Early December, we reported about Dispatch Goods, a start-up that provides an alternative solution to take-out, single-usage food containers. While raising a significant level of interest, we decided to visit one of their major clients, the Zuni Café, to see how it goes.
Since December 2020, this (almost) French restaurant* has decided to support 100% of its take-out business to Dispatch Goods reusable containers … And Zuni takes it seriously; even their cocktails are delivered now in glass jars that will be collected, cleaned, and reused over and over again!
While talking to Head Chef Nathan Norris, who has worked at Zuni for 16 years, we discovered a very engaged community member. Since the beginning of the pandemic, Norris helps a food program for example, where $ 10 of the revenue generated by Zuni’s famous roasted chicken goes to a Hayes neighborhood non-profit.
For him, helping his community is his responsibility as a citizen, just like his focus on environmental issues.
In 2020, when take-out became essential to Zuni’s future, Norris began by observing the online competition. He wanted to see how other restaurants were presenting their menus, the delivery options they were offering, the verbiage they were using.
While checking Greens restaurant website, a competitor in the same price range, he noticed a tab that featured “reusable packaging”.
Aware of environmental issues and committed to respecting good practices on a daily basis in his business, he decides to contact the start-up behind these reusable containers.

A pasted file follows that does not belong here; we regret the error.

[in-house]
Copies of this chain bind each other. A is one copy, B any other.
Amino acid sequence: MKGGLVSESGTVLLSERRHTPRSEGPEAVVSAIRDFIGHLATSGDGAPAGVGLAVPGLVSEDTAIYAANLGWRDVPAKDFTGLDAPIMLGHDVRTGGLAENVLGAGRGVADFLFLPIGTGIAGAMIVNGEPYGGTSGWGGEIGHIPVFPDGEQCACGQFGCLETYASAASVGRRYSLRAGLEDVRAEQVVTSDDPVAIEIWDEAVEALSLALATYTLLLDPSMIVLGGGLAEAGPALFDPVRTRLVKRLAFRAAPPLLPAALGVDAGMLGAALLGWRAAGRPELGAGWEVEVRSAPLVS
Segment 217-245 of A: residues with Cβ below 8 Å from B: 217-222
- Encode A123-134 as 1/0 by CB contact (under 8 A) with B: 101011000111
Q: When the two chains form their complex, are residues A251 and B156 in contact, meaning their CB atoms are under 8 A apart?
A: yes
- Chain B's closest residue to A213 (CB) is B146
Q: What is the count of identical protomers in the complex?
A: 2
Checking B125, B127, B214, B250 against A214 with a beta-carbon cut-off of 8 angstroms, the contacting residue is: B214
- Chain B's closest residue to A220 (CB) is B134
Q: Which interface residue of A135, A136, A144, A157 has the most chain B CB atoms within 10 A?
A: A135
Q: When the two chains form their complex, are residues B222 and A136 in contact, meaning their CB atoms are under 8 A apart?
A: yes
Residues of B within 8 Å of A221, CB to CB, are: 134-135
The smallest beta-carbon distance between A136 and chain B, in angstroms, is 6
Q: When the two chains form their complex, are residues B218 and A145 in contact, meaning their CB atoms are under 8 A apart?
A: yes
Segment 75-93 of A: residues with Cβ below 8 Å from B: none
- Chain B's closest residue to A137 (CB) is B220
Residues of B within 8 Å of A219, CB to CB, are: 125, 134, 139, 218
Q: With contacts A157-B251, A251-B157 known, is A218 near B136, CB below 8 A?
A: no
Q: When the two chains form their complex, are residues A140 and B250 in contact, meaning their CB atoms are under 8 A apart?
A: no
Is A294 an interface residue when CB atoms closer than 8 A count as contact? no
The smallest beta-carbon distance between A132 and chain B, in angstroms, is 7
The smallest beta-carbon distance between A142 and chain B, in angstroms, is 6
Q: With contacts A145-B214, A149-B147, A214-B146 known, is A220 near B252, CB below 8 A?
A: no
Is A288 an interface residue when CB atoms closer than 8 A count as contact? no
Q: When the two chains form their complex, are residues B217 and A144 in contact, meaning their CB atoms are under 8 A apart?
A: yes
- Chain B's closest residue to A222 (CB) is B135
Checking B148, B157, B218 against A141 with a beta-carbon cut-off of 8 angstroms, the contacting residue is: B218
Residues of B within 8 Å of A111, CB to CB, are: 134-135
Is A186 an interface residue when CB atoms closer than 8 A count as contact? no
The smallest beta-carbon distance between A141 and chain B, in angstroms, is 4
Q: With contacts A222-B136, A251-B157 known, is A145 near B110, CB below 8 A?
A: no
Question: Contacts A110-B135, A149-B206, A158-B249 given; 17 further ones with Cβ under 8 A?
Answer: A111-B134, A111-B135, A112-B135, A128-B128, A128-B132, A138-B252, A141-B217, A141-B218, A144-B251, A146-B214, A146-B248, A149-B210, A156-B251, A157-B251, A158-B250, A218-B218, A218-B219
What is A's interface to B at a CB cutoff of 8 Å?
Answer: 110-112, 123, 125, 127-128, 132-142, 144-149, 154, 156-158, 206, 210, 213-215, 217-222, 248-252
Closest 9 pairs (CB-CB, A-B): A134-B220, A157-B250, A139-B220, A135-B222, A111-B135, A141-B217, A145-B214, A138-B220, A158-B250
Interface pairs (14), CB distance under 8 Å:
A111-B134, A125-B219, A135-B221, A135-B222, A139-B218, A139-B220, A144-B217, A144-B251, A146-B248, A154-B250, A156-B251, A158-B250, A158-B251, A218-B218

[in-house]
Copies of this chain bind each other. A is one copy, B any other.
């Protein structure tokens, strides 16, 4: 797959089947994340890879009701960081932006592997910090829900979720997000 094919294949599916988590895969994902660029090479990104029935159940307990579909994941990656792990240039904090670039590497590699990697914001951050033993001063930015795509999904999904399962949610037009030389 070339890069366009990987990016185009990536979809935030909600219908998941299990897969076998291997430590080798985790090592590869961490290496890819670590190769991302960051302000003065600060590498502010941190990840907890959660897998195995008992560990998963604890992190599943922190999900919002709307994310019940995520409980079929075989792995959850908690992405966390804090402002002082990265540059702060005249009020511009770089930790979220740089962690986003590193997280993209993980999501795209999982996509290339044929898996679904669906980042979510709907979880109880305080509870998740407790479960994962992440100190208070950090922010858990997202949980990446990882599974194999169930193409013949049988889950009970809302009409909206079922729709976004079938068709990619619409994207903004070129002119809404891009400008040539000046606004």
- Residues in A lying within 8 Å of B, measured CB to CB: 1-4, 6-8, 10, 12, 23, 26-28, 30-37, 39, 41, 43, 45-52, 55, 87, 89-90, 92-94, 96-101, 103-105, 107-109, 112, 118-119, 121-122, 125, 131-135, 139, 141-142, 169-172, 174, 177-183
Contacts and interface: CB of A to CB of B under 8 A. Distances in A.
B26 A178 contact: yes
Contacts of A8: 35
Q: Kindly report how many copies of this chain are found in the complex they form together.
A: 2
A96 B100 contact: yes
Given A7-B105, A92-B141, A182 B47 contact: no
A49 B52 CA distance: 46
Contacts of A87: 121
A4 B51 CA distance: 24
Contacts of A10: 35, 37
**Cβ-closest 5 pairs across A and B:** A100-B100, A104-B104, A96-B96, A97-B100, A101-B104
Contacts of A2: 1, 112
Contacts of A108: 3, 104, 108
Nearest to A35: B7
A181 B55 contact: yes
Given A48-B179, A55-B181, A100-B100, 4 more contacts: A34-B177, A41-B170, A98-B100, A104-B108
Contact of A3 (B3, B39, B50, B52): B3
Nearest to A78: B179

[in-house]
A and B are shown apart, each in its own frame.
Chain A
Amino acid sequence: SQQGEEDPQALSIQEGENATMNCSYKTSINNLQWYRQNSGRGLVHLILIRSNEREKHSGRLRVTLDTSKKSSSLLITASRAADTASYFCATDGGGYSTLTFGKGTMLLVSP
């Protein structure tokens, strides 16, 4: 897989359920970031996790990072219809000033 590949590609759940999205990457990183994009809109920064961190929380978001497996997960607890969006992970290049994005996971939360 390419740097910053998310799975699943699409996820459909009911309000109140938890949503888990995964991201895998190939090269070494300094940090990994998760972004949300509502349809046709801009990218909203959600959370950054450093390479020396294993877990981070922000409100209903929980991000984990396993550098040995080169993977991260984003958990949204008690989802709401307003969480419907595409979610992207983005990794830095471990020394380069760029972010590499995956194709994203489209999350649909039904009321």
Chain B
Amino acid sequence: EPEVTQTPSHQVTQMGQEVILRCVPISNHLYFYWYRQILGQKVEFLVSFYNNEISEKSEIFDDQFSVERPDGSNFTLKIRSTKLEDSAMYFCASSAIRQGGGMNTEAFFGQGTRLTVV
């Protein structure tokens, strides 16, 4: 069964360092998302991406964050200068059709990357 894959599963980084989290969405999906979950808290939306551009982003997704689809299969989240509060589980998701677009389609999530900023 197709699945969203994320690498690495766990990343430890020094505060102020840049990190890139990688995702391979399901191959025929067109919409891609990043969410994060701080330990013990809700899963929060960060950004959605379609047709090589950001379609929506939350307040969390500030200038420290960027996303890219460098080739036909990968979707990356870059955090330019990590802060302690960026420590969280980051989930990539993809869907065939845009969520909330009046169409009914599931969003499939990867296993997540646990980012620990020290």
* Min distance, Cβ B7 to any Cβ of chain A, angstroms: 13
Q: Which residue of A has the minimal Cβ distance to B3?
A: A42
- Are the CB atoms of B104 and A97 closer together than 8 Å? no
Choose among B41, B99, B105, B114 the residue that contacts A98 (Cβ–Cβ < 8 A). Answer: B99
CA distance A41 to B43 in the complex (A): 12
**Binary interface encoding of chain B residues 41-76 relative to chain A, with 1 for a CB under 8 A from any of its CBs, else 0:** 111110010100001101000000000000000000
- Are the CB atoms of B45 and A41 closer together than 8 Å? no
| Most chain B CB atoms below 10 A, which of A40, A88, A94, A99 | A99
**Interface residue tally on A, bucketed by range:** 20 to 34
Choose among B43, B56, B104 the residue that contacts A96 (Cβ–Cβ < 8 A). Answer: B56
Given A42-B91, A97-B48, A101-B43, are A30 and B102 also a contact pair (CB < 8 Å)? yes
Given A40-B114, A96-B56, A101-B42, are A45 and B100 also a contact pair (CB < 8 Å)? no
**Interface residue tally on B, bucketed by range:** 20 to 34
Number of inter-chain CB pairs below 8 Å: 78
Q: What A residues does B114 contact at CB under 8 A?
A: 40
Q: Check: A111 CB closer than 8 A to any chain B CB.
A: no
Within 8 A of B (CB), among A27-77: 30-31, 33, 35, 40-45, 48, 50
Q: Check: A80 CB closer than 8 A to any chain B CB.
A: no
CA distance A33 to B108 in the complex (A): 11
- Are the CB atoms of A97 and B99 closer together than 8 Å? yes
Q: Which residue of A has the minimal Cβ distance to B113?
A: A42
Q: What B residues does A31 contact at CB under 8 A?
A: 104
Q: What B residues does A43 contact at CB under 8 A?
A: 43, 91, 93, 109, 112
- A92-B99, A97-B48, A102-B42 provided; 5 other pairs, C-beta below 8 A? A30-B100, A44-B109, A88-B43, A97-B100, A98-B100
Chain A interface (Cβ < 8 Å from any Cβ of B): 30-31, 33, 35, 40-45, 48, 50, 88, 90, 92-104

Norris’s two objectives were totally in line with those of Dispatch Goods when he signed the deal: “How to move forward despite the pandemic, how to have an impact on the environment”.
After working with reusable containers for almost two months, and delivering around 250 orders per week, Norris is happy with his experience and says: “Using reusable containers is not a systemic change, but it’s incremental and this makes our company more environmentally friendly. Dispatch Goods helps me make a difference ”. He also adds “Their logistics is extremely reliable and they offer a very comprehensive service which includes the supply, collection, disinfection, and delivery of containers.”
The obvious question that comes to mind is, how did Zuni’s customers react? Norris has imposed reusable containers for 100% of take-out meals but also for cocktails, and according to him “the response from our patrons is very positive”!
But he’s also a man of numbers, and he wants to point out that there is a cost associated with this shift. To avoid a financial hit, he passes it on to the price of the menu; just like he does when utility companies raise their energy supply tariffs … He thinks that it’s inevitable, margins are too tight, especially in a pricey city like San Francisco.
He adds, “Zuni is in a good position to lead the way, our customers don’t mind when a menu item goes up by $ 1 or $ 2. Restaurants with a cheaper menu might have more difficulty doing the same thing; their customers might find it more difficult to agree to pay for the service on top of the food ”.
Nathan Norris would love that his move with reusable containers will help the word to other restaurants.
He would love to mold a new industry model where take-out restaurant delivery is expected to reach 77 billion in 2024 in the United States alone, according to Morgan Stanley.